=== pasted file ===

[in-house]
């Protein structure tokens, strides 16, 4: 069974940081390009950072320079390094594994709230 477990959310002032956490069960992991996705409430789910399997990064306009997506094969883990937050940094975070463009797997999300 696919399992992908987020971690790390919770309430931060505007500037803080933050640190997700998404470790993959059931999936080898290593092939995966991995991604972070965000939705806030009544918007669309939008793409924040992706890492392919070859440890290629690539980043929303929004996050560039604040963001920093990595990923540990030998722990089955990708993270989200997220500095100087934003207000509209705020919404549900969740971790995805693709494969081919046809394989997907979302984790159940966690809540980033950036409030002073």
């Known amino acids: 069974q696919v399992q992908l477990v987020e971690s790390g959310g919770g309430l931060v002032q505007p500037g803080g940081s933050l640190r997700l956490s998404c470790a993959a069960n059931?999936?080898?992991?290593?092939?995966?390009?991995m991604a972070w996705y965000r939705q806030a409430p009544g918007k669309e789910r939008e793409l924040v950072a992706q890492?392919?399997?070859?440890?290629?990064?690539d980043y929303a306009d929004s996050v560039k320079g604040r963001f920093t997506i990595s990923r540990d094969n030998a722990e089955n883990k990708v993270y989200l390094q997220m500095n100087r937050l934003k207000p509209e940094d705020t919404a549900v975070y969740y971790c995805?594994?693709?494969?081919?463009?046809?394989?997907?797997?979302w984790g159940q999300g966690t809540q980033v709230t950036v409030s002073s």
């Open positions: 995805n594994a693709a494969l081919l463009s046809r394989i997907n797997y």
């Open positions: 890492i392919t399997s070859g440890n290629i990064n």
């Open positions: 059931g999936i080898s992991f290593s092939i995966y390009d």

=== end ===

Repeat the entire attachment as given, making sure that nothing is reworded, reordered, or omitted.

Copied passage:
[in-house]
């Protein structure tokens, strides 16, 4: 069974940081390009950072320079390094594994709230 477990959310002032956490069960992991996705409430789910399997990064306009997506094969883990937050940094975070463009797997999300 696919399992992908987020971690790390919770309430931060505007500037803080933050640190997700998404470790993959059931999936080898290593092939995966991995991604972070965000939705806030009544918007669309939008793409924040992706890492392919070859440890290629690539980043929303929004996050560039604040963001920093990595990923540990030998722990089955990708993270989200997220500095100087934003207000509209705020919404549900969740971790995805693709494969081919046809394989997907979302984790159940966690809540980033950036409030002073």
């Known amino acids: 069974q696919v399992q992908l477990v987020e971690s790390g959310g919770g309430l931060v002032q505007p500037g803080g940081s933050l640190r997700l956490s998404c470790a993959a069960n059931?999936?080898?992991?290593?092939?995966?390009?991995m991604a972070w996705y965000r939705q806030a409430p009544g918007k669309e789910r939008e793409l924040v950072a992706q890492?392919?399997?070859?440890?290629?990064?690539d980043y929303a306009d929004s996050v560039k320079g604040r963001f920093t997506i990595s990923r540990d094969n030998a722990e089955n883990k990708v993270y989200l390094q997220m500095n100087r937050l934003k207000p509209e940094d705020t919404a549900v975070y969740y971790c995805?594994?693709?494969?081919?463009?046809?394989?997907?797997?979302w984790g159940q999300g966690t809540q980033v709230t950036v409030s002073s």
């Open positions: 995805n594994a693709a494969l081919l463009s046809r394989i997907n797997y």
């Open positions: 890492i392919t399997s070859g440890n290629i990064n």
């Open positions: 059931g999936i080898s992991f290593s092939i995966y390009d």